It would take 15 years for Aqua cus­tomers to see sav­ings on their bill from this sale — a sav­ings of 3 cents per month — ac­cord­ing to the Of­fice of Con­sumer Ad­vo­cate.

Lim­er­ick sale among the first

The sale of Lim­er­ick’s sewer sys­tem was com­pleted on July 25, but only af­ter a pro­tracted pro­ce­dure through the Public Util­ity Com­mis­sion that re­quired a hear­ing ex­am­iner to over­see a set­tle­ment which was ul­ti­mately ac­cepted by Lim­er­ick, Aqua PA and with a split vote by the PUC.

The sale it­self, among the first to oc­cur un­der new state rules adopted in 2016 chang­ing how the value of wa­ter and sewer plants are cal­cu­lated, was op­posed by the Of­fice of Con­sumer Ad­vo­cate, the Penn­syl­va­nia Bureau of In­ves­ti­ga­tion and En­force­ment and even An­drew Place, the Vice Chair­man of the Public Util­i­ties Com­mis­sion, who wrote a dis­sent of the PUC’s af­fir­ma­tive vote to ap­prove for the sale.

The new rules were de­signed to en­cour­age the con­sol­i­da­tion of small, poorly cap­i­tal­ized sewer sys­tems with eco­nomic trou­bles and a record of en­vi­ron­men­tal reg­u­la­tions into larger sys­tems op­er­ated by ex­pe­ri­enced util­i­ties, a point by Aqua PA in le­gal brief sup­port­ing the sale.

“Through con­sol­i­da­tion/ re­gion­al­iza­tion, the util­ity in­dus­try has a bet­ter chance to re­al­ize the ben­e­fits of bet­ter man­age­ment prac­tices, economies of scale and the re­sult­ing greater en­vi­ron­men­tal and eco­nomic ben­e­fits,” wrote Thomas Niesen, an at­tor­ney rep­re­sent­ing Aqua PA in the mat­ter be­fore the PUC.

But none of the prob­lems the new law was meant to ad­dress were present in the Lim­er­ick sale ar­gued the Of­fice of Con­sumer Ad­vo­cate and the Penn­syl­va­nia Bureau of In­ves­ti­ga­tion and En­force­ment. And com­pli­ance with part a gen­eral pol­icy state­ment does not con­sti­tute the “public ben­e­fit” the law also re­quires, they ar­gued.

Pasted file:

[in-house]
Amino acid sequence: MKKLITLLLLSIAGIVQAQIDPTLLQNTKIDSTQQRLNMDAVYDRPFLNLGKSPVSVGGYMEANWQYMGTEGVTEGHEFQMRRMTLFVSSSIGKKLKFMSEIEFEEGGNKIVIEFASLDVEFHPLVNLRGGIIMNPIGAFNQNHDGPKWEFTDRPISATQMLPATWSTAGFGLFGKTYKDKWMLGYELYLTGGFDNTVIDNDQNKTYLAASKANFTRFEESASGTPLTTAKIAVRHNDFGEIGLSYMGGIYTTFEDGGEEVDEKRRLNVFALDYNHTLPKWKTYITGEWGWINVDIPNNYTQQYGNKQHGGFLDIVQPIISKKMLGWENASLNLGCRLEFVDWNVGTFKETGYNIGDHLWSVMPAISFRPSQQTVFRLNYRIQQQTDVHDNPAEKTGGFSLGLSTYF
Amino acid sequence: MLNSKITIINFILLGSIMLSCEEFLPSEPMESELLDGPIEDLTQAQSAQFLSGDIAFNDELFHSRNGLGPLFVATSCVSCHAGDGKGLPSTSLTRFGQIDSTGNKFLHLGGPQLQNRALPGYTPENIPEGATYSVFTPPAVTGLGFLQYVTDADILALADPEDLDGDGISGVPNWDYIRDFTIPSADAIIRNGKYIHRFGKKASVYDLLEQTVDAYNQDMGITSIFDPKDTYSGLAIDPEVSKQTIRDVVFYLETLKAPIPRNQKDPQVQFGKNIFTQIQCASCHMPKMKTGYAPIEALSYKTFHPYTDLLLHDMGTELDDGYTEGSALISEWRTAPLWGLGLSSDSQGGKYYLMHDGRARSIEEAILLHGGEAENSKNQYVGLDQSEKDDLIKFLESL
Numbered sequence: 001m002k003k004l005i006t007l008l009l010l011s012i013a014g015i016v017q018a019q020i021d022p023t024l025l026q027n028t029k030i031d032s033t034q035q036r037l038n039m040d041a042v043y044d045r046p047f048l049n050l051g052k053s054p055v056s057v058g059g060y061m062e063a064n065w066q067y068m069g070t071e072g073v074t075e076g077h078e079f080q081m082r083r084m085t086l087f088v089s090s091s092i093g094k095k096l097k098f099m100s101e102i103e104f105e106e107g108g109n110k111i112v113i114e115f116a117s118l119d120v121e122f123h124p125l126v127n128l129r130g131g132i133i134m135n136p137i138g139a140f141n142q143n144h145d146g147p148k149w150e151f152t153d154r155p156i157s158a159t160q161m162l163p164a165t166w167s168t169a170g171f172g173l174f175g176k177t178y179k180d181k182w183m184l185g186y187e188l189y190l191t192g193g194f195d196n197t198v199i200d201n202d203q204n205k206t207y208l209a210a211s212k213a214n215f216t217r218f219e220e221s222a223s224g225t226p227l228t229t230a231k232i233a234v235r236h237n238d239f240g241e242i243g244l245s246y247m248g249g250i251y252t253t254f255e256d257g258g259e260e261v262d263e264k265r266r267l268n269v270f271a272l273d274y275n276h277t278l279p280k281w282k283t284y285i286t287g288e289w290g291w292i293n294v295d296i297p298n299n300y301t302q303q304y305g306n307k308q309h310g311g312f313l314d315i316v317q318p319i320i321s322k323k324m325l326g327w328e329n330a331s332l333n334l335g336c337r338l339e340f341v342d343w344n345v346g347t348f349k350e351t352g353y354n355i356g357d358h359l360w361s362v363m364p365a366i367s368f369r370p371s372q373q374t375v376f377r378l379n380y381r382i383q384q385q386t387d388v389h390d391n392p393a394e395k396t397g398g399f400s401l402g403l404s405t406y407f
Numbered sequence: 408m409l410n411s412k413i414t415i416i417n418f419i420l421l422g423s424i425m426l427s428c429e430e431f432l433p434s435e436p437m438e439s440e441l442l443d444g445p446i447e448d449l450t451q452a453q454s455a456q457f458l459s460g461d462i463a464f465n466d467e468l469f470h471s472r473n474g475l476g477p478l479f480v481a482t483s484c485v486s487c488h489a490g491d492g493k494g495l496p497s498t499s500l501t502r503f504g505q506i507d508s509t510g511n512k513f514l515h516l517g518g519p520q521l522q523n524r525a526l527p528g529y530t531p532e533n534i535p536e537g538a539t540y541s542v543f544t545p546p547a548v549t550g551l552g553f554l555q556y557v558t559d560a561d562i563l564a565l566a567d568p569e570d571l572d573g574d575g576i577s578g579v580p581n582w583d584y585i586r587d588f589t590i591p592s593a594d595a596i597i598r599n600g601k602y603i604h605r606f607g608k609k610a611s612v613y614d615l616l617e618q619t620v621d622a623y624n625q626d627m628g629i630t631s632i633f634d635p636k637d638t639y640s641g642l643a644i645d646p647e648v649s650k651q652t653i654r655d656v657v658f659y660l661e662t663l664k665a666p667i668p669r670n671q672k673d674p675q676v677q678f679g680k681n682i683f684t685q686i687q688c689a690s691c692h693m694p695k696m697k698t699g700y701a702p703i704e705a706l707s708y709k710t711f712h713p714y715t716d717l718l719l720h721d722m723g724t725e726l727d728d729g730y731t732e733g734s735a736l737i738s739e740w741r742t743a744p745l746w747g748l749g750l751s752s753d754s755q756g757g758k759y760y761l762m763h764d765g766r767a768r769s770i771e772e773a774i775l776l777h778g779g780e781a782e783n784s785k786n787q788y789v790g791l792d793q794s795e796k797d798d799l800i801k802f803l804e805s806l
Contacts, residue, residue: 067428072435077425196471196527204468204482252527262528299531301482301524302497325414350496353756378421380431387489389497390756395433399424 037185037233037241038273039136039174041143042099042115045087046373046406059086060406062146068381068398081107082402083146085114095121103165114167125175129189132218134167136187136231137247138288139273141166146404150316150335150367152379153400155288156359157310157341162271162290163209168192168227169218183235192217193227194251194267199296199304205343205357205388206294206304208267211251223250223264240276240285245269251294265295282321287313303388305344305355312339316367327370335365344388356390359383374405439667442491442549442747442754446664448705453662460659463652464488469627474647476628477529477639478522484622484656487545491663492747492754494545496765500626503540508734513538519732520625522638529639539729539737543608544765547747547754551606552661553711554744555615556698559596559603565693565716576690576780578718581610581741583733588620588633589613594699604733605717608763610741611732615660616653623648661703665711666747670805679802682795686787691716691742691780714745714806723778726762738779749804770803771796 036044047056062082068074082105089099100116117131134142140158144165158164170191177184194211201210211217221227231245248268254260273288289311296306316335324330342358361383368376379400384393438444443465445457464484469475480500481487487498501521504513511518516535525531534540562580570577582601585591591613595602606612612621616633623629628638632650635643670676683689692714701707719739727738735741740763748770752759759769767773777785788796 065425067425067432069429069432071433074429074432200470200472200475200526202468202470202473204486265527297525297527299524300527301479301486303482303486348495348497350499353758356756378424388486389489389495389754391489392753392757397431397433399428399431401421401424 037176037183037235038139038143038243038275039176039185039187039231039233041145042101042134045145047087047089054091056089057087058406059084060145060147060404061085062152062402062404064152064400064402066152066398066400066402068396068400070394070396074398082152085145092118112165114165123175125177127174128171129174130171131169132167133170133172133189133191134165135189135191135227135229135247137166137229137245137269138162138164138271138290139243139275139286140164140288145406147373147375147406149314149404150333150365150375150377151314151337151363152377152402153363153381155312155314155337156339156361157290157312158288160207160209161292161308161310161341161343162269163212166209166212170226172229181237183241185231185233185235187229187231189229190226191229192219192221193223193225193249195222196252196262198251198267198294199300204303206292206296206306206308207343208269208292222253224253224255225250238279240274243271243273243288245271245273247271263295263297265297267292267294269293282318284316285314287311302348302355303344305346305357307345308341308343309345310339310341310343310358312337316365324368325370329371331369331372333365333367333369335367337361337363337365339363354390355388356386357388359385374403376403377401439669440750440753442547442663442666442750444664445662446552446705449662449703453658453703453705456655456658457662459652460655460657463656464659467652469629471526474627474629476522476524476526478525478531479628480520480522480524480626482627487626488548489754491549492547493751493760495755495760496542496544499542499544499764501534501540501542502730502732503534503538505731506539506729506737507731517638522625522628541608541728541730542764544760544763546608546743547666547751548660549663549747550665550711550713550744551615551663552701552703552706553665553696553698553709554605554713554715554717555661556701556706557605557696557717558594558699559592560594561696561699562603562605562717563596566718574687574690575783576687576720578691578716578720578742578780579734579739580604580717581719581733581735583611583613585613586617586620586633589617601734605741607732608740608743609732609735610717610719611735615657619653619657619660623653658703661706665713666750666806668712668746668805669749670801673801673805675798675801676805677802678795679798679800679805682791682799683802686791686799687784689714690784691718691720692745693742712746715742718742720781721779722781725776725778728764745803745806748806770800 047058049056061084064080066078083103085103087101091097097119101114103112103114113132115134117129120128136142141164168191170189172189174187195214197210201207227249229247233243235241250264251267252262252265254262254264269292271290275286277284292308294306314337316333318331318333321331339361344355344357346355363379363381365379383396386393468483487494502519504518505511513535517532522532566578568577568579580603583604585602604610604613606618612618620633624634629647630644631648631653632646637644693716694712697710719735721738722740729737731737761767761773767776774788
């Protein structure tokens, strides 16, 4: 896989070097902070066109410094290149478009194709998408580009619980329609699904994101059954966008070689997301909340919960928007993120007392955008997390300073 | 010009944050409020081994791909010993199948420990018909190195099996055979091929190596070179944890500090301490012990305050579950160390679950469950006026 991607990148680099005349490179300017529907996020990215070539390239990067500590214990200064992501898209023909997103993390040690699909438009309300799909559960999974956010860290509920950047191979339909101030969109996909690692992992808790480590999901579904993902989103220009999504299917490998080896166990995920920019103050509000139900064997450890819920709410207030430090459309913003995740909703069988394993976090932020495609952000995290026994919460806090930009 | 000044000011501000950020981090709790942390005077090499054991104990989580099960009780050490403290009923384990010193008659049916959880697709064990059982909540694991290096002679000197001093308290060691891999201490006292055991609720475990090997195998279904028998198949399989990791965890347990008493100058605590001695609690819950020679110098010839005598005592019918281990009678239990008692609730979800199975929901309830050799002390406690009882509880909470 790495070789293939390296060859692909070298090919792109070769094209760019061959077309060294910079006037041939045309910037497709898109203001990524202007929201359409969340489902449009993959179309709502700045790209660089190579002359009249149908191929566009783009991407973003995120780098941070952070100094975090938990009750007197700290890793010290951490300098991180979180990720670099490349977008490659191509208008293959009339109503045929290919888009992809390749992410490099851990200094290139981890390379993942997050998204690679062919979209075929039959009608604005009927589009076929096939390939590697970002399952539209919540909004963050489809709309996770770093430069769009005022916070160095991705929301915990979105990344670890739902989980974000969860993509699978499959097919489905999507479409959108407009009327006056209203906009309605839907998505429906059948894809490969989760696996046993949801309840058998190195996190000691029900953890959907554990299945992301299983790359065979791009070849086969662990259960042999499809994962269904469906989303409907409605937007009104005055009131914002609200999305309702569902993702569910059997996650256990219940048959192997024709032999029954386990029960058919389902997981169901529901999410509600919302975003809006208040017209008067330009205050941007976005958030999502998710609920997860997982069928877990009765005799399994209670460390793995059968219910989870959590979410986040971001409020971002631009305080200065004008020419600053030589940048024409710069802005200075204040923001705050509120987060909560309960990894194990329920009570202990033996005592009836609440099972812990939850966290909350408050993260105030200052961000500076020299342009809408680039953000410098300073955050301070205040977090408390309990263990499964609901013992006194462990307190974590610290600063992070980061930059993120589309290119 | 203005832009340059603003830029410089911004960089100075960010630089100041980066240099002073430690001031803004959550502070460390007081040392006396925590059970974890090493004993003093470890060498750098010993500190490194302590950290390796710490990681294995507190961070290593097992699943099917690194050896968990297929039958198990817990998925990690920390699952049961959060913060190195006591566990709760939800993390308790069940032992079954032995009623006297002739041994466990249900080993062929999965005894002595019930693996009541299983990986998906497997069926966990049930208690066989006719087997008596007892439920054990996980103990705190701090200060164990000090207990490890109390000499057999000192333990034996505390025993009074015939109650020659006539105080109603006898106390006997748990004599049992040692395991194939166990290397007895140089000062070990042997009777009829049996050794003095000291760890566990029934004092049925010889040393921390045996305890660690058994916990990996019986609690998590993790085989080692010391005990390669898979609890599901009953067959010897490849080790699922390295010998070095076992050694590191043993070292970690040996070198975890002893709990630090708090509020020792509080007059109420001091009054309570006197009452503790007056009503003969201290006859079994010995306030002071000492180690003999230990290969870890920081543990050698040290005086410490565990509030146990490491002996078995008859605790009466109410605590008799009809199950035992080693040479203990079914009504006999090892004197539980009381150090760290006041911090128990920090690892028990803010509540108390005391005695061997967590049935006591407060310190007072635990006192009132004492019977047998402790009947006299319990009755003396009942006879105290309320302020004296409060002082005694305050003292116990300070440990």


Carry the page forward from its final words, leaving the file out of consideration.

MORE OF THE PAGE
“This is not a sys­tem that needs to be ac­quired by a larger util­ity,” wrote Car­rie B. Wright, pros­e­cu­tor for the Bureau of In­ves­ti­ga­tion and En­force­ment. “It ap­pears the sys­tem is well-run and fi­nan­cially sta­ble. There ap­pear to be no Depart­ment of En­vi­ron­men­tal Pro­tec­tion vi­o­la­tions that need to be ad­dressed. As such it is im­pru­dent to al­low Aqua to ac­quire this sys­tem at the ex­pense of its ex­ist­ing ratepay­ers, es­pe­cially given that Lim­er­ick ap­pears to have the means to op­er­ate suc­cess­fully with­out Aqua’s in­ter­ven­tion,” Write wrote. “More­over, Aqua is pro­ject­ing to dou­ble Lim­er­ick cus­tomers’ rates in the fu­ture.”

Rates will rise re­gard­less

Not that rates would not have gone up soon any­way, said Kerr.

The town­ship’s pro­jec­tions in­di­cate that the sys­tem needs $20 mil­lion in up­grades and re­pairs in the next 15 years no mat­ter who owns it, he said. “The town­ship was go­ing to have to raise rates to pay for that,” said Kerr.